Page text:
Last modified: Friday, March 26, 2010
Ensemble Lipzodes to perform CD-release concert at Lilly Library
FOR IMMEDIATE RELEASE
March 26, 2010
BLOOMINGTON, Ind. -- Ensemble Lipzodes, an early music ensemble composed of students and alumni of the Indiana University Jacobs School of Music and its Early Music Institute (EMI), will present a CD release concert and lecture April 6 at 7 p.m. at the Lilly Library on the IU Bloomington campus.
The CD, Oy Hasemos Fiesta: Music from 16th-century Guatemala for voices & winds, produced by the Jacobs Department of Recording Arts and recently published by Focus Records/IUMusic, is available from IU MarketPlace in the Jacobs School of Music. The project is based on a manuscript residing at the Lilly Library. The CD was recorded by Department of Recording Arts faculty members Wayne Jackson and Konrad Strauss along with Recording Arts student Alex Loew.
"Producing this CD was an intense process, requiring the coordination of many forces: the core five members of the ensemble plus guest artists on sackbut and recorders, and the entire Pro Arte Singers, not to mention the sincerely appreciated support of Lilly and the EMI," said Wolodymyr Smishkewych, the ensemble's vocalist, percussionist and webmaster. "The release of this CD marks a culmination of several years of hard work, perseverance and a fortunate crossing of resources, people and history."
"Working on such a large project with the Recording Arts Department, the Early Music Institute, the Lilly Library, the Center for Latin American and Caribbean Studies and the Choral Department at Indiana University took quite a bit of coordination," said dulcian Anna Marsh. "We also had a guest artist on organ, in addition to sackbut, recorders and choir. We were very excited to do a piece that was in Nahuatl, and we hope to do some recently rediscovered Nahuatl/Mayan Theater that will incorporate some more of this music next year. There are so many more volumes of this music and other Latin American music in the Lilly library and so many more possibilities!"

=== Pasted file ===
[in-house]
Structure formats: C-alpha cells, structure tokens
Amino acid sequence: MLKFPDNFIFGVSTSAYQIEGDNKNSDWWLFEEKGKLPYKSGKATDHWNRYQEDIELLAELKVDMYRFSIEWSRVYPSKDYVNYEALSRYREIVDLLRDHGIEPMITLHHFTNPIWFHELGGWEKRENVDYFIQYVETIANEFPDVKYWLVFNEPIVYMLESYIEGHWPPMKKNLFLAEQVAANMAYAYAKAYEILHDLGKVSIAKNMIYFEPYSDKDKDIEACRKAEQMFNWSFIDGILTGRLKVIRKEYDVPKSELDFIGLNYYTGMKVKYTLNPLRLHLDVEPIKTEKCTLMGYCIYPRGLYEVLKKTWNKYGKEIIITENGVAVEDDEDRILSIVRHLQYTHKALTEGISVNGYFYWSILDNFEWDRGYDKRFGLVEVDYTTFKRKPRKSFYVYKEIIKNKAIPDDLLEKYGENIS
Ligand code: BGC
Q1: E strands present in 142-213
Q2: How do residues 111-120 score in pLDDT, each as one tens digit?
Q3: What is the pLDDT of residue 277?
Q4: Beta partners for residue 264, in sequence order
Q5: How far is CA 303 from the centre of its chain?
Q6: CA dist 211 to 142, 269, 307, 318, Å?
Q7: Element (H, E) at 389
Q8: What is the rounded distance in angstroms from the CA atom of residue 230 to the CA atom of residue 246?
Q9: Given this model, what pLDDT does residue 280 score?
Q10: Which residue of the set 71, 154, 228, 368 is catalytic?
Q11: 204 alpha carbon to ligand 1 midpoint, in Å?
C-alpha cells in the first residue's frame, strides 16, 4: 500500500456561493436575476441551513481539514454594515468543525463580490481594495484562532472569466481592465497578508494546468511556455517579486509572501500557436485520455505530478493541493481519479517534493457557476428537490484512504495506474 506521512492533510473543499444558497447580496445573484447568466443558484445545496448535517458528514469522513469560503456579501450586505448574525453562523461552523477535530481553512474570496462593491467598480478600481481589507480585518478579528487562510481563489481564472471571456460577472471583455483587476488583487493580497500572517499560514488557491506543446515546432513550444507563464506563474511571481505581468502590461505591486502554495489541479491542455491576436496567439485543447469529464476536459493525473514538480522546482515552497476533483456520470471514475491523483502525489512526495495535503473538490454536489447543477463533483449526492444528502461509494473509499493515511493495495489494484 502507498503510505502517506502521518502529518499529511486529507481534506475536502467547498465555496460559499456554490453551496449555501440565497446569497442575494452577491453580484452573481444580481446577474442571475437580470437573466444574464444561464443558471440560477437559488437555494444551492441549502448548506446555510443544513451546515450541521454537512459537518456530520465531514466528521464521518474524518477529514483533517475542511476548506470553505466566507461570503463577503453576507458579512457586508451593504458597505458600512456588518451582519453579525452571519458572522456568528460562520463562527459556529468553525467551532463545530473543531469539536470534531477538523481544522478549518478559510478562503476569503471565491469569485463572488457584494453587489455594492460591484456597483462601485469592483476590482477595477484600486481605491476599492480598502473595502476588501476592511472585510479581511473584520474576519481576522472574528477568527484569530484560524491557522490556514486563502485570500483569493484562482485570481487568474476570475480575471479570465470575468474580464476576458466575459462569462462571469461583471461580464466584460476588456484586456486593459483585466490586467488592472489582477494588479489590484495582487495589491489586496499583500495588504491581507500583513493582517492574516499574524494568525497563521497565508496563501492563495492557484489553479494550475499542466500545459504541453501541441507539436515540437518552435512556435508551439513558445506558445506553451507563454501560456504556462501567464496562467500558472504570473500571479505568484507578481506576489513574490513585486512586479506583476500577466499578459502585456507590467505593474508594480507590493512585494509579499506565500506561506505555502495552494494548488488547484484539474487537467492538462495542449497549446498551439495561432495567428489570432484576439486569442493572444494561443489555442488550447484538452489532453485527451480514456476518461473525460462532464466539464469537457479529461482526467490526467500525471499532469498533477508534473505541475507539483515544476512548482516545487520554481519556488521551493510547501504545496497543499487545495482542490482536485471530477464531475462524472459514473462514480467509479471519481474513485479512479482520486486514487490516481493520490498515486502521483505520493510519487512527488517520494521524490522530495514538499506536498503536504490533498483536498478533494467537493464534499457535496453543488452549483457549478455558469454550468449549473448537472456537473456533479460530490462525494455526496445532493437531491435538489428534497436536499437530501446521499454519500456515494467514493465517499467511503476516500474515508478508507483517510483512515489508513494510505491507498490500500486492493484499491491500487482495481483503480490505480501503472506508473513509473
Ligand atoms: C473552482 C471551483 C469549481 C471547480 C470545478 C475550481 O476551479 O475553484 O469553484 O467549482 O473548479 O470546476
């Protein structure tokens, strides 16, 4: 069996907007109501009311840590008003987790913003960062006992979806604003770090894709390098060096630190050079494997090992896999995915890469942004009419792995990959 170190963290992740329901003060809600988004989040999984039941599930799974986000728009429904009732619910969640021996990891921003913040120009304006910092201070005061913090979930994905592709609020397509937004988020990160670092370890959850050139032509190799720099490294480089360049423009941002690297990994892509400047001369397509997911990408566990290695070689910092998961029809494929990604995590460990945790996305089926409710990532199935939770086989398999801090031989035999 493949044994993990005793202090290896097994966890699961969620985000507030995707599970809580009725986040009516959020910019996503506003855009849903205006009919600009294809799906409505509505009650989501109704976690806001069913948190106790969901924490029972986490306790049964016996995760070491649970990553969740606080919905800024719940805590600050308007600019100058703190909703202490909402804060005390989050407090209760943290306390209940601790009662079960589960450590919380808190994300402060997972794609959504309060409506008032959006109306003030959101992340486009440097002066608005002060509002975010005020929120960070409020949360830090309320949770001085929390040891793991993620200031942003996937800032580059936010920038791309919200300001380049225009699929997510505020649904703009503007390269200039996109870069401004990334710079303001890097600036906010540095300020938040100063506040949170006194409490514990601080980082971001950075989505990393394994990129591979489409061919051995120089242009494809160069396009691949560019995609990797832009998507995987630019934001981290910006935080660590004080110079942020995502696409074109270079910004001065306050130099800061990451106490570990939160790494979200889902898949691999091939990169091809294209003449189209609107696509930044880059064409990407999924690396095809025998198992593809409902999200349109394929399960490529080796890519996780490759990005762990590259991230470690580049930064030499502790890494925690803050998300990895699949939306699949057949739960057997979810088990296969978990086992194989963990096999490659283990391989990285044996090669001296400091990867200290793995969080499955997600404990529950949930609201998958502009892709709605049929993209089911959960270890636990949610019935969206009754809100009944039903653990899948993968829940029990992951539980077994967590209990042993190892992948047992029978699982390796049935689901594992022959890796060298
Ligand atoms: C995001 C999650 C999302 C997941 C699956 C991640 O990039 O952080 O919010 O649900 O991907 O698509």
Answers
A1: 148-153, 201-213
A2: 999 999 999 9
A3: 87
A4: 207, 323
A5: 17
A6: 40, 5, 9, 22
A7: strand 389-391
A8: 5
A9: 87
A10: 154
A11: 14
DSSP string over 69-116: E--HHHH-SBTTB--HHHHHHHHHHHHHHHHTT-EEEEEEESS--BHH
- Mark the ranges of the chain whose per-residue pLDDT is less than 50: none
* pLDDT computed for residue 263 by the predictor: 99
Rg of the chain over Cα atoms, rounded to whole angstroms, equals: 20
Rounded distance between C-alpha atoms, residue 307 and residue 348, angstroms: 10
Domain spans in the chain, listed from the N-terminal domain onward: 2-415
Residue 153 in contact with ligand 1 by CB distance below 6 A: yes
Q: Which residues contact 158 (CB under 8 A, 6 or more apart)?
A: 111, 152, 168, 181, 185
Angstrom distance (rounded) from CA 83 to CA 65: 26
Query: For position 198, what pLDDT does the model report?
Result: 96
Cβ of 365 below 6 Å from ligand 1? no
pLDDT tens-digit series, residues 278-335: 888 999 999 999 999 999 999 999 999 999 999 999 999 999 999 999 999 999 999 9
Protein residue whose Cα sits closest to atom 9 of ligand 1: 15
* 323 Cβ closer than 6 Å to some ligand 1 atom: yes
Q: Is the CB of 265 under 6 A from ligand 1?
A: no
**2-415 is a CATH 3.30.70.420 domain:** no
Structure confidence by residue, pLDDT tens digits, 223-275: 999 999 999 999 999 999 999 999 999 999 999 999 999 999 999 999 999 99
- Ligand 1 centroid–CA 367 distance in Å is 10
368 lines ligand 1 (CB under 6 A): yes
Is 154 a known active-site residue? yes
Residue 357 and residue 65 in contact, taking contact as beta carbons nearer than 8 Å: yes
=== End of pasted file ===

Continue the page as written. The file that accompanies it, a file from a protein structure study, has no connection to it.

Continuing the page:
Other core members of Ensemble Lipzodes include Juan Carlos Arango, C. Keith Collins and Kathryn Montoya. The group's multi-instrumentalists share duties with reeds -- shawms, dulcians and bassoons -- and recorders, as well as other instruments, depending upon the project.
Ensemble Lipzodes is a unique group of performers that came together in 2004 in Bloomington, Ind.
Its members were students completing degrees in the IU Jacobs School of Music and its Early Music Institute. The ensemble combines voice, shawms, dulcians, recorders and percussion to bring to life the rarely performed music of 16th-century Guatemala. In addition to this singular repertoire, the ensemble also explores new directions in early music utilizing voices and winds.
In 2004, Lipzodes was a finalist in Early Music America's Renaissance and Medieval Performance Competition. In 2006, the ensemble was selected as a winner in the Jacobs School's Ninth Competition in Performance of Music from Spain and Latin America. The ensemble has performed throughout the United States and in Latin America, and been featured at festivals and series such as the Bloomington Early Music Festival, the Chicago Latino Music Festival, the Boston Early Music Fringe Festival and the National Gallery of Art Concert Series.
In 2007, the group was featured on a CD recording by the University of North Texas, Christmas Vespers in Cusco: Music from an Incan Baroque City, with the University of North Texas Collegium Singers and Instrumentalists.
The ensemble's unique name comes from a creative misinterpretation of the writing on the flyleaf of MS 1, Santa Eulalia, from the Guatemalan Music Manuscripts. What at first glance seems to say "Lipzodes," actually is the first part of a passage which continues further: "LibRodeSancta olaya Puyumatlan. Este libro de canto hize yo franc de Leon maestro deste pueblo de sancta olaya. hizelo En el año De mill y quinientos y ochenta y dos annos. Franc De Leon." In an orthographic transformation typical of the region, the letters "b" and "p" became exchanged, and the "R" lost its vertical bar, to become what appeared to be a "Z."